Khalipa’s NCFit brand has grown into a formidable force, providing resources and programming to gyms all over the world as he shifted focus away from competing and towards family and the business side of the space. 

Matt Chan

The same year Khalipa conquered the Games in 2008, Matt Chan made his first appearance at the Games as well, taking 8th as a rookie ahead of 2007 champion James Fitzgerald. It would kickstart a run of six consecutive appearances as a fixture of the South West region at the Games during a critical period of growth for the sport. 

  • In 2010, Chan narrowly missed out on a coveted podium spot, finishing 4th just behind his friend and fellow seminar staff member Chris Spealler. Another top 10 finish in 2011 would set Chan up for a career year in 2012.
  • The 2012 CrossFit Games were a big step forward as far as the size and scope of the event and programming. The number of events grew from 10 to 15, and the opening events offsite took place at Camp Pendleton Marine Corps Base. Chan would rack up 10 top 10 finishes to finish 2nd behind Rich Froning, and earned a spot on the inaugural USA team for the Invitational. 

After stepping away from competition, Chan continued his career as a firefighter, then in 2020 he was chosen as a contestant for season 2 of the Titan Games. Chan’s fitness paid off huge as he crushed the entire field to become the season 2 champion alongside fellow CrossFitter Dani Speegle

Mikko Salo

Before the start of the 2009 CrossFit Games, Mikko Salo was relatively unknown athlete in the sport. By the end of the first event, Chris Spealler most definitely knew his name after Salo famously introduced himself to Spealler during the hill run as they were in contention for the top spot in the event. 

  • By the end of the weekend, his name was forever etched in CrossFit Games history as a champion. Salo won the final event chipper to take the crown away from Tommy Hackenbruck – instantly becoming a star as the first European to win the Games.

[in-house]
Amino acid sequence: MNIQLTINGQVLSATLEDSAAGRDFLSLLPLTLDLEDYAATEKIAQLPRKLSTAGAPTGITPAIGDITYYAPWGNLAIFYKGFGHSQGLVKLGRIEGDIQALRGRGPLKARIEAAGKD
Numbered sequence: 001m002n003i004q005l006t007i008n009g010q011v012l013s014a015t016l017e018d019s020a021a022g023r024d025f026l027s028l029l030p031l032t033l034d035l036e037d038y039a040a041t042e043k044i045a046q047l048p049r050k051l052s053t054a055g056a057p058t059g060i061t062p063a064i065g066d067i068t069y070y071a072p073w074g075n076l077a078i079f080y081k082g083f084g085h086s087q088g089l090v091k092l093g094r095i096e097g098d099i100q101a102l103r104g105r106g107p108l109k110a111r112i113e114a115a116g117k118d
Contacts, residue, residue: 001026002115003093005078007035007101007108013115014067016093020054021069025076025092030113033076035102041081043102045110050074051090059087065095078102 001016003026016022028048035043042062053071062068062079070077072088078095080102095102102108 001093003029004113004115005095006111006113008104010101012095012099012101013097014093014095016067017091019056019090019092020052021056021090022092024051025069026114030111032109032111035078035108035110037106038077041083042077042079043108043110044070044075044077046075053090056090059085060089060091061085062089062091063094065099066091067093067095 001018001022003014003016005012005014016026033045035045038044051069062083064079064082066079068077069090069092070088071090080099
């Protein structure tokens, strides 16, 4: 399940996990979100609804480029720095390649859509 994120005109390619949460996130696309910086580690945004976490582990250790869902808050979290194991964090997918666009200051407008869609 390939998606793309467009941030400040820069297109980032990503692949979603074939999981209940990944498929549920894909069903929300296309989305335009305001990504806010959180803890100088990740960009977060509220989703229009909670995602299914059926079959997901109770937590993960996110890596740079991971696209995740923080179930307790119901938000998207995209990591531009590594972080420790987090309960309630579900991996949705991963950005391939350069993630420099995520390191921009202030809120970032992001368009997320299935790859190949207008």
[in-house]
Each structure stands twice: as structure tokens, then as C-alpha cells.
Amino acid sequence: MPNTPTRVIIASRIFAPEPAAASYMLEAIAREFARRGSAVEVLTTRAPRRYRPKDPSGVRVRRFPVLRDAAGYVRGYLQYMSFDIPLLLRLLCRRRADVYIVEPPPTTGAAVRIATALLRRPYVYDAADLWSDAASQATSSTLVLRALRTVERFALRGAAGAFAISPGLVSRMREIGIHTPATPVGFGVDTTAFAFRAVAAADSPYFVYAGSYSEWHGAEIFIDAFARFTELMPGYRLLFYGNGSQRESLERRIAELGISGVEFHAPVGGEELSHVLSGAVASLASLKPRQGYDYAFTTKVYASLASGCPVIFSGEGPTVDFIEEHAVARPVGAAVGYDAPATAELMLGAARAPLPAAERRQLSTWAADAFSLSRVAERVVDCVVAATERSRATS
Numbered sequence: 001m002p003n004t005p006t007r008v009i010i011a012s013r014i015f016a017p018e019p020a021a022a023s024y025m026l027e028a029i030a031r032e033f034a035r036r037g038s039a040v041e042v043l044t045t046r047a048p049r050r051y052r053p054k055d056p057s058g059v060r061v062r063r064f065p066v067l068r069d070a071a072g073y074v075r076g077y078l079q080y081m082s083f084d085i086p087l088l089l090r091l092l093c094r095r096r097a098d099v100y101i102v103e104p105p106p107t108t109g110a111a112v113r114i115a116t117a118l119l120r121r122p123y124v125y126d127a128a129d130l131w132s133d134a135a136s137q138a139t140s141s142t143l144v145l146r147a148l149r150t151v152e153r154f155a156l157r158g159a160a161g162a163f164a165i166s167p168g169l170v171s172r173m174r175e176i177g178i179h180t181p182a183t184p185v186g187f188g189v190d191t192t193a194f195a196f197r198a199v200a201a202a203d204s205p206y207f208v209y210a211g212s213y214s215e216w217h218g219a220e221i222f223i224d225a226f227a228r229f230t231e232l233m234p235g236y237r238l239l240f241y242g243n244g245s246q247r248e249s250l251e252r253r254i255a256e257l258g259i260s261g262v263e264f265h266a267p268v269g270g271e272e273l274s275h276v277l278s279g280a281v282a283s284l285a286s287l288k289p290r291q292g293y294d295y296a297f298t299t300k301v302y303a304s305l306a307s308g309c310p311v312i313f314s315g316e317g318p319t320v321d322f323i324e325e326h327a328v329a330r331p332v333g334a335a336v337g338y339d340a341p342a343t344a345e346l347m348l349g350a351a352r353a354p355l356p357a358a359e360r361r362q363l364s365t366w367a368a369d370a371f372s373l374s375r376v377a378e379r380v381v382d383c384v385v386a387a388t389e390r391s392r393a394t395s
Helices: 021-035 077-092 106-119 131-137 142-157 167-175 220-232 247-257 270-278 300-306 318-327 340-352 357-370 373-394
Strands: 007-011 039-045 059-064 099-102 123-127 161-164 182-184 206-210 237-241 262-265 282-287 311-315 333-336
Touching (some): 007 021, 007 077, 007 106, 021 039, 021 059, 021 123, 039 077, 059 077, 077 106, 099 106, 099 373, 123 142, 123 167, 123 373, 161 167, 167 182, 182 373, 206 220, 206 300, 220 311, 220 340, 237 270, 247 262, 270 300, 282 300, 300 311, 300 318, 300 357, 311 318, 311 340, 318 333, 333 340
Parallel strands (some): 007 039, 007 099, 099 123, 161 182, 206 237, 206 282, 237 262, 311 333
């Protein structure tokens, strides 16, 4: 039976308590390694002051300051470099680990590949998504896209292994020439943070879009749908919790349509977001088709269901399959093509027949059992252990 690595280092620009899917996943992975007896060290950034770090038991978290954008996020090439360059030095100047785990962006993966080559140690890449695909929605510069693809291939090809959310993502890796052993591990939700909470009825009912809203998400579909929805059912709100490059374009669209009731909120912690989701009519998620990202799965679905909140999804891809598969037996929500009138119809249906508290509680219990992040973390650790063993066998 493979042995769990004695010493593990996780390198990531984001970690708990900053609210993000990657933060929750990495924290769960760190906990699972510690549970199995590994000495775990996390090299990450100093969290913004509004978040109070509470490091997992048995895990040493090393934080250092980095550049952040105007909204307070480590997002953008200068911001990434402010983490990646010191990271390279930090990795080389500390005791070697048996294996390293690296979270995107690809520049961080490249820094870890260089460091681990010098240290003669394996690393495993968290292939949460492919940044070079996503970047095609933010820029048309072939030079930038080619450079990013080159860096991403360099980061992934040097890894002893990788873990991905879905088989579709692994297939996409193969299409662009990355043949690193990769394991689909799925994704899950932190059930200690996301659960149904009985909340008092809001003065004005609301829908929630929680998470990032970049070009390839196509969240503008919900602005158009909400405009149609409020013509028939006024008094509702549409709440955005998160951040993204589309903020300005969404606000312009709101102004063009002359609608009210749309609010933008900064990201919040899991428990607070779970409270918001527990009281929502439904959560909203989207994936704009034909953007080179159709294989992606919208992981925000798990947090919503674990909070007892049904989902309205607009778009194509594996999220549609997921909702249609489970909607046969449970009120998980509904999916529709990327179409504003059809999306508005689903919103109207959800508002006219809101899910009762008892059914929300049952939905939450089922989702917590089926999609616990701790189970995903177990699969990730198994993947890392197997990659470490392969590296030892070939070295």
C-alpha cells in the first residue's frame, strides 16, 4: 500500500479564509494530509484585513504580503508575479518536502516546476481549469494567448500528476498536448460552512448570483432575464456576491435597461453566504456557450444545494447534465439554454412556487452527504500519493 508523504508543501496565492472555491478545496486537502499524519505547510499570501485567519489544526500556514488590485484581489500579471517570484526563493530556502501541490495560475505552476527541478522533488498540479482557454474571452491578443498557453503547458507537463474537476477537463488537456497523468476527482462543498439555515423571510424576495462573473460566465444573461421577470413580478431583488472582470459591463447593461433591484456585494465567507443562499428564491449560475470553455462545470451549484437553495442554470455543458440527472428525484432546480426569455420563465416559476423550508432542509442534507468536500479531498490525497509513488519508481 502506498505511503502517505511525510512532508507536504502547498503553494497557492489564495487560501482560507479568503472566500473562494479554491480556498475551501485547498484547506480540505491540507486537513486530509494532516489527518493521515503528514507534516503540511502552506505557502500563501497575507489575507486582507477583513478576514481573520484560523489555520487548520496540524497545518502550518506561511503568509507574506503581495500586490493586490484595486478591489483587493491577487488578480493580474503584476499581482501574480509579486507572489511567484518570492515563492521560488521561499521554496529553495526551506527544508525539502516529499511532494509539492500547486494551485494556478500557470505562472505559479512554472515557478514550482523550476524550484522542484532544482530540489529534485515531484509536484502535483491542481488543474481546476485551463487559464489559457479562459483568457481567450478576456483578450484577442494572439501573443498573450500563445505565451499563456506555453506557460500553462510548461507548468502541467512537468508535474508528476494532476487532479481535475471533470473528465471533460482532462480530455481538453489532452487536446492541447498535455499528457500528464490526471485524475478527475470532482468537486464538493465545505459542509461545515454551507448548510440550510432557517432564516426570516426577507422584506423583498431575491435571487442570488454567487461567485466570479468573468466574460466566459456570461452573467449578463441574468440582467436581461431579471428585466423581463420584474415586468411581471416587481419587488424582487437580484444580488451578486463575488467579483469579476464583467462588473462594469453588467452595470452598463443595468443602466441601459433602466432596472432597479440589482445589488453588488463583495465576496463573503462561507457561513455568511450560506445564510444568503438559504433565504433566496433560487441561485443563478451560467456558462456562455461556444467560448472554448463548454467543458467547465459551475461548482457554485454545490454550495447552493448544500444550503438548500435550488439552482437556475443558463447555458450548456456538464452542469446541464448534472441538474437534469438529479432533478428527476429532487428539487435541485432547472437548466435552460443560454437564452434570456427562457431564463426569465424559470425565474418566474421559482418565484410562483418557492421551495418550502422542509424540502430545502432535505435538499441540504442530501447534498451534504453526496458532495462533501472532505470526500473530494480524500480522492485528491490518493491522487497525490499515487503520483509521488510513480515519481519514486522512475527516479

• Unfortunately for Salo, his career at the Games was much shorter lived than most would have hoped. After finishing 5th at the 2010 CrossFit Games, injuries derailed multiple seasons and ultimately put an end to his competitive career. 

Mikko’s stoicism and willingness to lean into particularly grueling training was the hallmark of his imprint on the sport. The SISU documentary produced in 2009/2010 highlighted this very fact, and led a generation of CrossFitters to no long lay on their backs after a workout. His performance inspired a new generation of European athletes, and he most notably helped Jonne Koski’s rise in the sport as the next in line from Finland. 

 Tommy Hackenbruck

During the same time that Salo was taking the Games by storm, Tommy Hackenbruck was turning heads as an underdog story about belief in oneself above all else. Hackenbruck qualified for the 2009 Games through the last chance qualifier and nearly missed an opportunity to earn his right to compete in Aromas.

  • At the time Hackenbruck had to hitch a ride to California from his home in Salt Lake City with some local CrossFitters and ended up crashing on the floor of their hotel room the first night. Among that group was filmmaker and Buttery Bro Heber Cannon, but all Hackenbruck needed was an opportunity.
  • When the dust settled the former University of Utah linebacker was in 2nd overall behind Salo, making a spectacular run to the podium that no one saw coming. From there he finished 9th in 2010, and 23rd in 2011 before making arguably his biggest contribution to the sport the following year. 

In 2012 Hackenbruck formed the first super team dubbed “Hack’s Pack,” and they would go on to become the first to win back to back Affiliate Cups in 2012, and 2013, setting in motion a new evolution for the Affiliate Cup competition. Hackenbruck returned to the individual side in 2014, finishing 6th at the Games, before one final podium run in the Affiliate Cup in 2015.  

Josh Bridges